Format

Send to

Choose Destination
See comment in PubMed Commons below
Mol Cancer Res. 2011 Oct;9(10):1319-28. doi: 10.1158/1541-7786.MCR-11-0080. Epub 2011 Aug 8.

Macrophage-dependent cleavage of the laminin receptor α6β1 in prostate cancer.

Author information

1
Department of Pharmacology, The University of Arizona, Tucson, AZ 85724, USA.

Abstract

The laminin-binding integrin α6β1 plays a major role in determining the aggressive phenotype of tumor cells during metastasis. Our previous work has shown that cleavage of the α6β1 integrin to produce the structural variant α6pβ1 on tumor cell surfaces is mediated by the serine protease urokinase plasminogen activator (uPA). Cleavage of α6β1 increases tumor cell motility, invasion, and prostate cancer metastasis, and blockage of uPA inhibits α6pβ1 production. In human tumors, uPA and uPAR are expressed in tumor cells and tumor-associated macrophages (TAM). TAMs localize to solid tumors and contribute to increased tumor growth and the metastatic phenotype. In this study, we utilized a coculture system of PC-3 prostate tumor cells and macrophages [12-O-tetradecanoylphorbol-13-acetate (TPA)-differentiated human leukemia HL-60 cells] to investigate the hypothesis that macrophages stimulate the production of the prometastatic variant α6pβ1 on human prostate cancer cells via the uPA/uPAR axis. Our results indicate that adherent macrophages cocultured with PC-3 cells increased PC-3 uPAR mRNA, uPAR cell surface protein expression and α6 integrin cleavage. The stimulation does not require macrophage/tumor cell contact because macrophage conditioned medium is sufficient for increased uPAR transcription and α6 cleavage-dependent PC-3 cell invasion. The increased cleavage was dependent on uPAR because production was blocked by silencing RNA-targeting uPAR. These results indicate that macrophages can stimulate uPA/uPAR production in tumor cells which results in α6 integrin cleavage. These data suggest that TAMs promote prometastatic integrin-dependent pericellular proteolysis.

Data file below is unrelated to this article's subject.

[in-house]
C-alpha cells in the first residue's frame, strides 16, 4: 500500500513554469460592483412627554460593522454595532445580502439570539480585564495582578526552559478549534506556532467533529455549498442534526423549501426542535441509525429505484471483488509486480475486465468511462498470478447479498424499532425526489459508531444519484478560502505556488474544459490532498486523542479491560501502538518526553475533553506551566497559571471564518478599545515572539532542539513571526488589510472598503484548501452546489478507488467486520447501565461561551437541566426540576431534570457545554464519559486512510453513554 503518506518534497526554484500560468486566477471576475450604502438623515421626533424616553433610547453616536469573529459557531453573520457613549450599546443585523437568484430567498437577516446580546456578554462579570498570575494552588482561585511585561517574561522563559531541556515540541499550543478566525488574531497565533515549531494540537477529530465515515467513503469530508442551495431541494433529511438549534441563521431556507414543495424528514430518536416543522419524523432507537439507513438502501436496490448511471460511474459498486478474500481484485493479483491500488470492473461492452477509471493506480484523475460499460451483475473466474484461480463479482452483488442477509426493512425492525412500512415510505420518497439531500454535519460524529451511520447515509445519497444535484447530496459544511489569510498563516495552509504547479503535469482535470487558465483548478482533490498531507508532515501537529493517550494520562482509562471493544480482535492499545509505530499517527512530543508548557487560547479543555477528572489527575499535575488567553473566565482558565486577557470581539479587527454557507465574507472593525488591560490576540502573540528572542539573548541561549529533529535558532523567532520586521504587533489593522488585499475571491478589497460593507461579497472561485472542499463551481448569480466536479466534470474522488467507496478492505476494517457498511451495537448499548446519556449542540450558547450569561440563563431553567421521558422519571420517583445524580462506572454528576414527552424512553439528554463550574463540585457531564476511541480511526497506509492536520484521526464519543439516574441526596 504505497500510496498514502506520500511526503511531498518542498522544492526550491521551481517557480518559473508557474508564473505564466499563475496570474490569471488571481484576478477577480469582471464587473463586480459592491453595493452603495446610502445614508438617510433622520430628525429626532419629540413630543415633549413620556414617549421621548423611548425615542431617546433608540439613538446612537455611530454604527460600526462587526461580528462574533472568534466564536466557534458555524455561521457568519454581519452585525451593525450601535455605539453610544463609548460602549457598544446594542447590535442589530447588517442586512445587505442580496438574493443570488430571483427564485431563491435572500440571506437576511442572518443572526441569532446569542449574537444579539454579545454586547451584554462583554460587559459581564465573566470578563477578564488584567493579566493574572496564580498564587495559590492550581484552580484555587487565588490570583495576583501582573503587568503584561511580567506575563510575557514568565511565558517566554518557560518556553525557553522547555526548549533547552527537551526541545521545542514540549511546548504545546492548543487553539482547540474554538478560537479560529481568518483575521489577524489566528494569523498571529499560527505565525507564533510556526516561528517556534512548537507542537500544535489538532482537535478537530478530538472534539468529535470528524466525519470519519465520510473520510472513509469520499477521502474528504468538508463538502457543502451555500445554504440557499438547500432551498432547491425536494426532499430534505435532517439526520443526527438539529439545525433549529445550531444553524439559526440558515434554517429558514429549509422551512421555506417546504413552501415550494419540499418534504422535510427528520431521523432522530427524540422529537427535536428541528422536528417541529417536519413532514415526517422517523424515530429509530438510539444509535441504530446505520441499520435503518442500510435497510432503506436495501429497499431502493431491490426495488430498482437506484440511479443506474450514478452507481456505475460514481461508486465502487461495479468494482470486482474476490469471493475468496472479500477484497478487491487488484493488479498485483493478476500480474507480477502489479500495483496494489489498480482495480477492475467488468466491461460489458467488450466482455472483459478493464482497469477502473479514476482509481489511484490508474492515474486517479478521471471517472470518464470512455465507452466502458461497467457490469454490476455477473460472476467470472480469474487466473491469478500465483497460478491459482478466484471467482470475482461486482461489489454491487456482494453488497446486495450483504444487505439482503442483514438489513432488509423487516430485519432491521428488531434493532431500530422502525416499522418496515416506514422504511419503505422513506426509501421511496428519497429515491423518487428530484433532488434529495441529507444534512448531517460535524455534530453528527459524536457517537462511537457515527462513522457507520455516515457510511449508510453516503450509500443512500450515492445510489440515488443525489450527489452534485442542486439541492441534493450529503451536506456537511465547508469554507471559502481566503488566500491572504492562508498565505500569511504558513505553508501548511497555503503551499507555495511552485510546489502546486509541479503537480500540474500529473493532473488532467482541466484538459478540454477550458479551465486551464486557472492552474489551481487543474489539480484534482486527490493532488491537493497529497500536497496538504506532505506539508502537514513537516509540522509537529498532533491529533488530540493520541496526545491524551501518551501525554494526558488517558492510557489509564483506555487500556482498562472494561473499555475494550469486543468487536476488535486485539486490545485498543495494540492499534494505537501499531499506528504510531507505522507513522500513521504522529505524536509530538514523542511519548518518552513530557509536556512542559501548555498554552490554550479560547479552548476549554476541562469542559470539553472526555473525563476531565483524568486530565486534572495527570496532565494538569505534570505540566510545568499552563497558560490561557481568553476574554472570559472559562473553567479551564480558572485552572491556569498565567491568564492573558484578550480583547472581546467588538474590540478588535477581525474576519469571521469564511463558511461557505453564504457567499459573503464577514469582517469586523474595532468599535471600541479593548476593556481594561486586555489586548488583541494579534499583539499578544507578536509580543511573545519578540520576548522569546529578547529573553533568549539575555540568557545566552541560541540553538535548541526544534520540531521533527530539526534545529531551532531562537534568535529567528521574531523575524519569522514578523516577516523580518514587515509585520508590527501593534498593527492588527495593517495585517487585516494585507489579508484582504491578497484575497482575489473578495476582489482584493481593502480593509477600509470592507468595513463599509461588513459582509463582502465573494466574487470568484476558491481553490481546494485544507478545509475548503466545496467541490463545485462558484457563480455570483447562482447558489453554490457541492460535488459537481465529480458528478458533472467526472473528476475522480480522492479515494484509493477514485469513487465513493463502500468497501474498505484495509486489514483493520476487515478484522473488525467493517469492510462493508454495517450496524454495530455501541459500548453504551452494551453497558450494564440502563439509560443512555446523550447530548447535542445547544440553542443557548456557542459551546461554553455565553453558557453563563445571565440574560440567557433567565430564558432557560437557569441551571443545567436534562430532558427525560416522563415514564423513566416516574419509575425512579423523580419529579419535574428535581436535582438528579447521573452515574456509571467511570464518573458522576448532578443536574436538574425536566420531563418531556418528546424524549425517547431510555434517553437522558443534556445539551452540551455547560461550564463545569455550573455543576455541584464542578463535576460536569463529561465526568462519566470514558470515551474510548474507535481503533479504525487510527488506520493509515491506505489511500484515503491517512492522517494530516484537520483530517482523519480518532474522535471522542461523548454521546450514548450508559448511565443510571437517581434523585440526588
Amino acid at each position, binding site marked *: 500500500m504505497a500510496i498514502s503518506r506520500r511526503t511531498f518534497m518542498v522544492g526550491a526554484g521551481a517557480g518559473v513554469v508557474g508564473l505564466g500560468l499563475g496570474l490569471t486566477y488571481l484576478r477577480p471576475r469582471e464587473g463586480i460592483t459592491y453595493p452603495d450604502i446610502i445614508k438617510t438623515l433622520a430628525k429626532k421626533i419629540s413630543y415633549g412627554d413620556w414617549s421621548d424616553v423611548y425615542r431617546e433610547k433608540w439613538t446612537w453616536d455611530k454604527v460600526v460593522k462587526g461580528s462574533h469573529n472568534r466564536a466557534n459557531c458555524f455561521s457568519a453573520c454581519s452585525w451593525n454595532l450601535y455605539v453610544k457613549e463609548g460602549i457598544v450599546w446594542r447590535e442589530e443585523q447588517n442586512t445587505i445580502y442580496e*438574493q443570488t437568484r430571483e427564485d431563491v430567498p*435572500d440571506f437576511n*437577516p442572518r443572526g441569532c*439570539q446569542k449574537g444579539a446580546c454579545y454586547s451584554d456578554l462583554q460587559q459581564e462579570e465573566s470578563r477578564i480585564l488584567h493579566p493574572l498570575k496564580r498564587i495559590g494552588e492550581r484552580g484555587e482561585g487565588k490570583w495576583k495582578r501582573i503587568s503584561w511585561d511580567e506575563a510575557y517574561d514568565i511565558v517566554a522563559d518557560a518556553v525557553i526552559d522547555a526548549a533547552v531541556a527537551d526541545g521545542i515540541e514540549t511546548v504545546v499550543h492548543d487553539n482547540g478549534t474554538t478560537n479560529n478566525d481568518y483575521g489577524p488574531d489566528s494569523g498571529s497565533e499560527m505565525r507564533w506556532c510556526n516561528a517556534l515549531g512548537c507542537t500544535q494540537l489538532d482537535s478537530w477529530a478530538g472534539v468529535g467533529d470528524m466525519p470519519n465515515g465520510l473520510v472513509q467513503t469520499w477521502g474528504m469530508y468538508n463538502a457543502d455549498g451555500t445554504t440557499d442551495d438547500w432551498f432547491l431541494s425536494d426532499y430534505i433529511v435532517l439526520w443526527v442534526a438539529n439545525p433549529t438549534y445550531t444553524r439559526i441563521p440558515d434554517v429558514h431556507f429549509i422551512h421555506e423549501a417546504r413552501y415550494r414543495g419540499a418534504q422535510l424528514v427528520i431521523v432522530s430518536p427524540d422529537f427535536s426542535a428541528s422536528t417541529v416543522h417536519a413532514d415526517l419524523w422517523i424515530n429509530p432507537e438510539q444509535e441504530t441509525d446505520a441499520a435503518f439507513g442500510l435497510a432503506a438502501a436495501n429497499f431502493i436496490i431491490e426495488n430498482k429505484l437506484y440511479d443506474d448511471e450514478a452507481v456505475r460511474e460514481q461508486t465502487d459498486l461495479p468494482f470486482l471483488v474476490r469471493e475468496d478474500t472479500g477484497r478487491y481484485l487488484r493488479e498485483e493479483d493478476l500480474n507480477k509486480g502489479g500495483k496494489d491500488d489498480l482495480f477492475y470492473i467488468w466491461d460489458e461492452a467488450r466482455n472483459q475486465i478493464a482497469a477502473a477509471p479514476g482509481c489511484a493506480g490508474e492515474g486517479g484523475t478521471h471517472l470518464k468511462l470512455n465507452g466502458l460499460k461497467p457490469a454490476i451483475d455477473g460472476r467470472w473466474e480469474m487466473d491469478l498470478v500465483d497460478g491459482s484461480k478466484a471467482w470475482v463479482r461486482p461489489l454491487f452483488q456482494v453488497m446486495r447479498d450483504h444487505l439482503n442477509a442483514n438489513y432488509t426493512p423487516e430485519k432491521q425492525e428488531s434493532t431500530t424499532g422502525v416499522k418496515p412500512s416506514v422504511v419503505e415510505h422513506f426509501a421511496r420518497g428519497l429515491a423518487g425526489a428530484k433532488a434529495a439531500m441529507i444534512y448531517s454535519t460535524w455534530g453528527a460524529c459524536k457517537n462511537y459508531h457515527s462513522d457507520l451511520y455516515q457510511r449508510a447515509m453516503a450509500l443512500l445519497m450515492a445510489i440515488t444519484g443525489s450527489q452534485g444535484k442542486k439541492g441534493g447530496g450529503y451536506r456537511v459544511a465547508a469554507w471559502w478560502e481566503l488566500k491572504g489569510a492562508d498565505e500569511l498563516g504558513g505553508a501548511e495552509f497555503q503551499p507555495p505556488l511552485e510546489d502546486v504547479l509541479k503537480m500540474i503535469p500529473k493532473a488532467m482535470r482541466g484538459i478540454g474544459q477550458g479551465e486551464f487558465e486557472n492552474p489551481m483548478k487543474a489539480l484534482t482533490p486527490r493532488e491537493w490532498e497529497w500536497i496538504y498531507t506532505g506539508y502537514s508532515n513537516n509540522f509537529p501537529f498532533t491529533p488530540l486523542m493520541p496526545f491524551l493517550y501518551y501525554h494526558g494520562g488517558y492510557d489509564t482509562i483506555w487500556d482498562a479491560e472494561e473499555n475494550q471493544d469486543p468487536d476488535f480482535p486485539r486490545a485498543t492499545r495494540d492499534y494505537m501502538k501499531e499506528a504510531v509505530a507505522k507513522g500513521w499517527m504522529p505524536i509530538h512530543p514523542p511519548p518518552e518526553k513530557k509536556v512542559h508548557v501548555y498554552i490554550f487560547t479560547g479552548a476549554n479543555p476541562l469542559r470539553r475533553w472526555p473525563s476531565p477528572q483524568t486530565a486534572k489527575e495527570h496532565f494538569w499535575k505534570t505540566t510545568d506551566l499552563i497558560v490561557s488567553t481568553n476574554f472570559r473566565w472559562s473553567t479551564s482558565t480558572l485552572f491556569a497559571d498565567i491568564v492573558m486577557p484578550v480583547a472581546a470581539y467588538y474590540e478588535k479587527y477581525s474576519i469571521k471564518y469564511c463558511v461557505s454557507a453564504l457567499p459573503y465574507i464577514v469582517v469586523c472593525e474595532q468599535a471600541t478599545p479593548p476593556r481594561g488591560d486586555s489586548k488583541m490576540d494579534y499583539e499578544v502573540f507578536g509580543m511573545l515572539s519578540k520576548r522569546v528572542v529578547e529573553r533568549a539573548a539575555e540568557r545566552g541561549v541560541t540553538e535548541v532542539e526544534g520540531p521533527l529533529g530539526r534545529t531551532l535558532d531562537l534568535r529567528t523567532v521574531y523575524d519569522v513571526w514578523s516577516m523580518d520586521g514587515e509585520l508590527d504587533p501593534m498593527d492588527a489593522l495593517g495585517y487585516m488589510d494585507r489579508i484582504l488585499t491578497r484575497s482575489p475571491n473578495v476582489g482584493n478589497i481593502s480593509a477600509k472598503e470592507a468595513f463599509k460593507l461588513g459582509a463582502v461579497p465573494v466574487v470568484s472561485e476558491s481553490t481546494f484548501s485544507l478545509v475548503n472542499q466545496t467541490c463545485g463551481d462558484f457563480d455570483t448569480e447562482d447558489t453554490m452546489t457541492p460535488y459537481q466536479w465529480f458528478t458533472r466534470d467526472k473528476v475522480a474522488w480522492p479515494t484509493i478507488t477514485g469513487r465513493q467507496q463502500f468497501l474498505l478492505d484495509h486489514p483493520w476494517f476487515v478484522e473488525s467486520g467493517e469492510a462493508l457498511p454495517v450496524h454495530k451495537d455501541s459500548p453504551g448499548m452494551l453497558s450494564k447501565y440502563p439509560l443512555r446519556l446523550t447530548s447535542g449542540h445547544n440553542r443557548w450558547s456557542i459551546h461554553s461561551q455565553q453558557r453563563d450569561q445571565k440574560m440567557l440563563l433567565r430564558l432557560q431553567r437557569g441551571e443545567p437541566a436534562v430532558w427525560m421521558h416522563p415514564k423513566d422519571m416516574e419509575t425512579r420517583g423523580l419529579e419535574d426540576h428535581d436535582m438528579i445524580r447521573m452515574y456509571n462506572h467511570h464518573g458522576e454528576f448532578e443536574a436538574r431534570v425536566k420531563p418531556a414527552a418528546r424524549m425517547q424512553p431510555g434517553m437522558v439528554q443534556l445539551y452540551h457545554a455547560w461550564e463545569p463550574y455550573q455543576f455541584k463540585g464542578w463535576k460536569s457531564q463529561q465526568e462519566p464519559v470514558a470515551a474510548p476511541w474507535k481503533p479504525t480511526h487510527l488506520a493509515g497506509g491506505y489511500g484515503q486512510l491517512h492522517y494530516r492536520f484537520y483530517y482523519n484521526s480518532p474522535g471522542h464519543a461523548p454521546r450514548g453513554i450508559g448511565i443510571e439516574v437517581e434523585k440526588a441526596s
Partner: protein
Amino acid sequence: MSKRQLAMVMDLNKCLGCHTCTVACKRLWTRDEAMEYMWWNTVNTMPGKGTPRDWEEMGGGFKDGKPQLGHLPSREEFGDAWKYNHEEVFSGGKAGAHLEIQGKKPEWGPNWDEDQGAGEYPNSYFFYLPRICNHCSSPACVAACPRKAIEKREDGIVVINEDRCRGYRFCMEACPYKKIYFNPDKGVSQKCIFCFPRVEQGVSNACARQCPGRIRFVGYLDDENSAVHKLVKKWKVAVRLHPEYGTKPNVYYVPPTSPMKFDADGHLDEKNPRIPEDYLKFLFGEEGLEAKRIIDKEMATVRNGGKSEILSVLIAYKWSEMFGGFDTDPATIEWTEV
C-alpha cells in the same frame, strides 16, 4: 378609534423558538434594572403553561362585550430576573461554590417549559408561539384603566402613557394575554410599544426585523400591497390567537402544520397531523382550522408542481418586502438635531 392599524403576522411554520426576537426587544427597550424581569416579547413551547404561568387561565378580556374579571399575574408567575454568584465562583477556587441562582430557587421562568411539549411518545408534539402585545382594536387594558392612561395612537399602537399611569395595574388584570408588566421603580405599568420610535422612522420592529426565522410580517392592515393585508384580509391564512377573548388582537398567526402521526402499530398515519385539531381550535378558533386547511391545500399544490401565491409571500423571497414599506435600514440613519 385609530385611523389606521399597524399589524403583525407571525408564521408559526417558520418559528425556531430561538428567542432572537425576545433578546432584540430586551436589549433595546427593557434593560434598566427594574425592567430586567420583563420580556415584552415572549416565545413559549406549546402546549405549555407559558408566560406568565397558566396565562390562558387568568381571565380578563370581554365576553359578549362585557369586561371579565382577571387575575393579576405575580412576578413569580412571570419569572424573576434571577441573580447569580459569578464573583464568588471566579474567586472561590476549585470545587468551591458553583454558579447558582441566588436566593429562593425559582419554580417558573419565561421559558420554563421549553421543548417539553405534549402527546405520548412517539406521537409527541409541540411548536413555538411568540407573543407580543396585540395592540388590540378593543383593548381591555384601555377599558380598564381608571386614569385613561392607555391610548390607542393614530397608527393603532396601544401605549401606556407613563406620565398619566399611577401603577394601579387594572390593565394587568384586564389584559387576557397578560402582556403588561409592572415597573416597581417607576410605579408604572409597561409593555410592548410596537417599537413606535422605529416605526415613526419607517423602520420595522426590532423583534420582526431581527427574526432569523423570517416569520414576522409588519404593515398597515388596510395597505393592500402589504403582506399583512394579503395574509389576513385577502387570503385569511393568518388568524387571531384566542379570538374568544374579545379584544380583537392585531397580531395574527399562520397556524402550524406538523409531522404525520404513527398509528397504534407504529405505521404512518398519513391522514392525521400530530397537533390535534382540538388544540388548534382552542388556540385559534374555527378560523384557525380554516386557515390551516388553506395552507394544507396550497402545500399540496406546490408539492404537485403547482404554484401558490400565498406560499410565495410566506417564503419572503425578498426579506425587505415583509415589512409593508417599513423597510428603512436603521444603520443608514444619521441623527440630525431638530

PMID:
21824975
PMCID:
PMC3196809
DOI:
10.1158/1541-7786.MCR-11-0080
[Indexed for MEDLINE]
Free PMC Article
PubMed Commons home

PubMed Commons

0 comments

    Supplemental Content

    Full text links

    Icon for HighWire Icon for PubMed Central
    Loading ...
    Support Center